• Further objects and advantages of the present invention will become apparent upon reading the following detailed description and upon referring to the accompanying drawings in which: [0017]
  • FIG. 1 is an illustration of an exemplary embodiment of a functional pathway configuration for the interface between an integrated circuit (IC) and a system with which the IC communicates, in accordance with the present invention. [0018]
  • FIG. 2 is a diagram illustrating an exemplary embodiment of a 20-pin microcontroller including a functional pathway configuration for the interface between the microcontroller and a system in which the microcontroller is embedded, in accordance with the present invention. [0019]
  • FIG. 3 is a diagram illustrating an exemplary embodiment of the integrated circuit shown in FIG. 1 wherein the IC comprises a microcontroller, in accordance with the present invention. [0020]
  • FIG. 4 is an exemplary analog signal multiplexing diagram for the microcontroller shown in FIG. 3, in accordance with the present invention. [0021]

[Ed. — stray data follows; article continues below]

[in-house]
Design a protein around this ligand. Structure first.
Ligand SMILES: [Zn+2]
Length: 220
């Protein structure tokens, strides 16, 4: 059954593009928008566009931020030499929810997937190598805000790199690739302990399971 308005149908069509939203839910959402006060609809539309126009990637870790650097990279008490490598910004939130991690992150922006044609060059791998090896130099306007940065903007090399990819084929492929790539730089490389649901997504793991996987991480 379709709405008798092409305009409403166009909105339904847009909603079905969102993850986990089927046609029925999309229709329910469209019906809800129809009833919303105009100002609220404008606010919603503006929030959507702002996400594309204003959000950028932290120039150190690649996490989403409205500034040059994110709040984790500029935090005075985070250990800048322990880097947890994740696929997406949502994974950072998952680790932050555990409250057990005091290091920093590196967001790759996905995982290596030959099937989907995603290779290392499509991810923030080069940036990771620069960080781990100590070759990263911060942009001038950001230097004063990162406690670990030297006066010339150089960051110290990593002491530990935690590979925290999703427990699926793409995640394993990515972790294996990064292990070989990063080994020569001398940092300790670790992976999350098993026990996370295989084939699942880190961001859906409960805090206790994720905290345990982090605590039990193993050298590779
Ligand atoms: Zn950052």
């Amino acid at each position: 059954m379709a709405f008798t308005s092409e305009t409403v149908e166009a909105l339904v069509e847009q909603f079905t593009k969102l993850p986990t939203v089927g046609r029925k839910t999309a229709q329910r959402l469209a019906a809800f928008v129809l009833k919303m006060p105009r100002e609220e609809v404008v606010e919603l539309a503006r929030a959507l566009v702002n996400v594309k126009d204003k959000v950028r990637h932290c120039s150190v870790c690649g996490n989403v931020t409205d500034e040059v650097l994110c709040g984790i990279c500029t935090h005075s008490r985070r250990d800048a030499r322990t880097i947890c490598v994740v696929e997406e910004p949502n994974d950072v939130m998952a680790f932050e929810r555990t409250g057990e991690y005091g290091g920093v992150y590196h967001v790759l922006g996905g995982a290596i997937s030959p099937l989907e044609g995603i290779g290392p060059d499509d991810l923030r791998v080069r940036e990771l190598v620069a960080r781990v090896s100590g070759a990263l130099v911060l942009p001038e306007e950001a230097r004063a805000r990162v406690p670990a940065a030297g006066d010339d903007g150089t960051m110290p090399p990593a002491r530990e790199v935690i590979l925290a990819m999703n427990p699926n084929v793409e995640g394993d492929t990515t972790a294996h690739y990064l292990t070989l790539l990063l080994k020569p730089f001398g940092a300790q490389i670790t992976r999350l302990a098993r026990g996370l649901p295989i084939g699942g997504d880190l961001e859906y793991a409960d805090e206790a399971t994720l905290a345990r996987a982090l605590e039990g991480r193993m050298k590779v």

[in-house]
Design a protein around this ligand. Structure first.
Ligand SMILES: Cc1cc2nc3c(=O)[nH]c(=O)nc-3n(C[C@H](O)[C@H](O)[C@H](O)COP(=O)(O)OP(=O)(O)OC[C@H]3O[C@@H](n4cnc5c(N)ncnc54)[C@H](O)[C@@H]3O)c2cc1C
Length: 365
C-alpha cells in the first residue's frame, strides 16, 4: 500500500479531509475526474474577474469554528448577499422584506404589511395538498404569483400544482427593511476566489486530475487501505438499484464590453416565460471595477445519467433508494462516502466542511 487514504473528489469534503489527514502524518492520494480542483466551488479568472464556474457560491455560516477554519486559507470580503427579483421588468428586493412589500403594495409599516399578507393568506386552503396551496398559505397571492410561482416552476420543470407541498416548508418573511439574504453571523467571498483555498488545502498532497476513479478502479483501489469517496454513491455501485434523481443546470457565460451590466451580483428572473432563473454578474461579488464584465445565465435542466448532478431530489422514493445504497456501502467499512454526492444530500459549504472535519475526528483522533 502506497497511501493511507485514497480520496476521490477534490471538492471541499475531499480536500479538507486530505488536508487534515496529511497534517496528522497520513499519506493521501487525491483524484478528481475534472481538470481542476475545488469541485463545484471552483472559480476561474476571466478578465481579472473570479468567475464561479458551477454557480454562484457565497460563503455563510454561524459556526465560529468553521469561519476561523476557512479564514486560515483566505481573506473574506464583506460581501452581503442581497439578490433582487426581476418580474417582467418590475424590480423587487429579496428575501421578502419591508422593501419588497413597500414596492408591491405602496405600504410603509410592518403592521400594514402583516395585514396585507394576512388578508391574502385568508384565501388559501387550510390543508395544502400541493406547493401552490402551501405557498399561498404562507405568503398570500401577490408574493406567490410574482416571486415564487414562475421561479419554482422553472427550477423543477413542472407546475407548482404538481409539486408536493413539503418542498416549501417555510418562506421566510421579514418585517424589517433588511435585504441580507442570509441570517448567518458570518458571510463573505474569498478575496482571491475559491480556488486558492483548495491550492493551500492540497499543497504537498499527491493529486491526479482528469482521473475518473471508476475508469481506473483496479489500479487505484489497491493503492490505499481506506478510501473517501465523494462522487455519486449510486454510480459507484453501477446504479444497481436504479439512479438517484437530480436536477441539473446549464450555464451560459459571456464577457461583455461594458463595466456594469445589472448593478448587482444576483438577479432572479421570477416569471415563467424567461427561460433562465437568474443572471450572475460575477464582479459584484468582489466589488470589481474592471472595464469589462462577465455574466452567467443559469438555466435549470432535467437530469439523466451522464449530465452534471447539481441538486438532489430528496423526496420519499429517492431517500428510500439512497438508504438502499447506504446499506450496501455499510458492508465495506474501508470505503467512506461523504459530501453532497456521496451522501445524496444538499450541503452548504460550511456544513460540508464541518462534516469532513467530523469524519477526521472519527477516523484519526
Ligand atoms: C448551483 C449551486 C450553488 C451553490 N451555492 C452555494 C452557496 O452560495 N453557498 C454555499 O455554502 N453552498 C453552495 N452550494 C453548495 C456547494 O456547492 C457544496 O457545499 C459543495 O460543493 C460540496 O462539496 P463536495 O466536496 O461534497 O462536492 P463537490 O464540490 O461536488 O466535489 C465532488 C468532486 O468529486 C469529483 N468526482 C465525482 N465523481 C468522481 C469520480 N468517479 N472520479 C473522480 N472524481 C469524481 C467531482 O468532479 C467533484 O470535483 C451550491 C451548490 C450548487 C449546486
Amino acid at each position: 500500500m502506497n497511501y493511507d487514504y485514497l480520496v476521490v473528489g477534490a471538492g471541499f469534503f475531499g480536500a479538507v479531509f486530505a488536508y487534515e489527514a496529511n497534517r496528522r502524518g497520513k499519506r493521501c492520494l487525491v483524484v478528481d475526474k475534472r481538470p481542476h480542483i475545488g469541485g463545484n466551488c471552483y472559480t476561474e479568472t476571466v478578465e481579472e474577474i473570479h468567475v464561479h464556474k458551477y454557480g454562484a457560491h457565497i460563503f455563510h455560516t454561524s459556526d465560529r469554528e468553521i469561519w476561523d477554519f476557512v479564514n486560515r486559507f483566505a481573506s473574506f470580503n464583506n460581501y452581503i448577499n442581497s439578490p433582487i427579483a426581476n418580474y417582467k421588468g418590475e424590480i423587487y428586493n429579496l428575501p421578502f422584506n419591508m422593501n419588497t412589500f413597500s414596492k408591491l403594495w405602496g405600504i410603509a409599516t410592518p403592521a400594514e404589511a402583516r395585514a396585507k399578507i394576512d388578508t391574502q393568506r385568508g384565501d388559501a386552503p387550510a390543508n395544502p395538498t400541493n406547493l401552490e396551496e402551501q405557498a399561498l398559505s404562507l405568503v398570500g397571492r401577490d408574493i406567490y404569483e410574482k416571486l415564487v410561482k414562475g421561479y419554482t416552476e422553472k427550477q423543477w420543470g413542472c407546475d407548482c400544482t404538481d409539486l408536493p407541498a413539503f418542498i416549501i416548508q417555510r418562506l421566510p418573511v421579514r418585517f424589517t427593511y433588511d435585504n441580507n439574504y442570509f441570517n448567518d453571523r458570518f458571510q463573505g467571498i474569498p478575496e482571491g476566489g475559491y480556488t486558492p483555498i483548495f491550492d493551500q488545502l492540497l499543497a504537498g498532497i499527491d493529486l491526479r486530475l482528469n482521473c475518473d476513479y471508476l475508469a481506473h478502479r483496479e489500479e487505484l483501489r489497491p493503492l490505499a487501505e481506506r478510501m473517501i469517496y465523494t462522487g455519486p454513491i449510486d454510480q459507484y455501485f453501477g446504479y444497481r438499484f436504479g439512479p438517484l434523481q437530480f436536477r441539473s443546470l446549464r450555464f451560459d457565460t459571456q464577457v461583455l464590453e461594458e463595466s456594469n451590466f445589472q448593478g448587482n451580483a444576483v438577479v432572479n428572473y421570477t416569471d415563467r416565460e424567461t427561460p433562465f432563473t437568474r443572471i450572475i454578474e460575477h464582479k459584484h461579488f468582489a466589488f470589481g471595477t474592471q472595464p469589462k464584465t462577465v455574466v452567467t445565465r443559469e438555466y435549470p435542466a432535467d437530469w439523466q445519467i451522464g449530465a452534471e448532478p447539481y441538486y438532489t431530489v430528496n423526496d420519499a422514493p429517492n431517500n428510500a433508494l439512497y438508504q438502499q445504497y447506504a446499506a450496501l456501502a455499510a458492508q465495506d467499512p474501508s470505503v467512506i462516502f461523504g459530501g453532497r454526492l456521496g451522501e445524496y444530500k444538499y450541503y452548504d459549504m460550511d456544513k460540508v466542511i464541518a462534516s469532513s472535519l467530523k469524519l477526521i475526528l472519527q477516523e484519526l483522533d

• The present invention may be susceptible to various modifications and alternative forms. [0022]
  • Specific embodiments of the present invention are shown by way of example in the drawings and are described herein in detail. It should be understood, however, that the description set forth herein of specific embodiments is not intended to limit the present invention to the particular forms disclosed. Rather, all modifications, alternatives, and equivalents falling within the spirit and scope of the invention as defined by the appended claims are intended to be covered. [0023]
  • DETAILED DESCRIPTION OF SPECIFIC EMBODIMENTS
  • The description below illustrates embodiments of the present invention. For the sake of clarity, not all features of an actual implementation of the present invention are described in this specification. It should be appreciated that in connection with developing any actual embodiment of the present invention many application-specific decisions must be made to achieve specific goals, which may vary from one application to another. Further, it should be appreciated that any such development effort might be complex and time-consuming, but would still be routine for those of ordinary skill in the art having the benefit of this disclosure. [0024]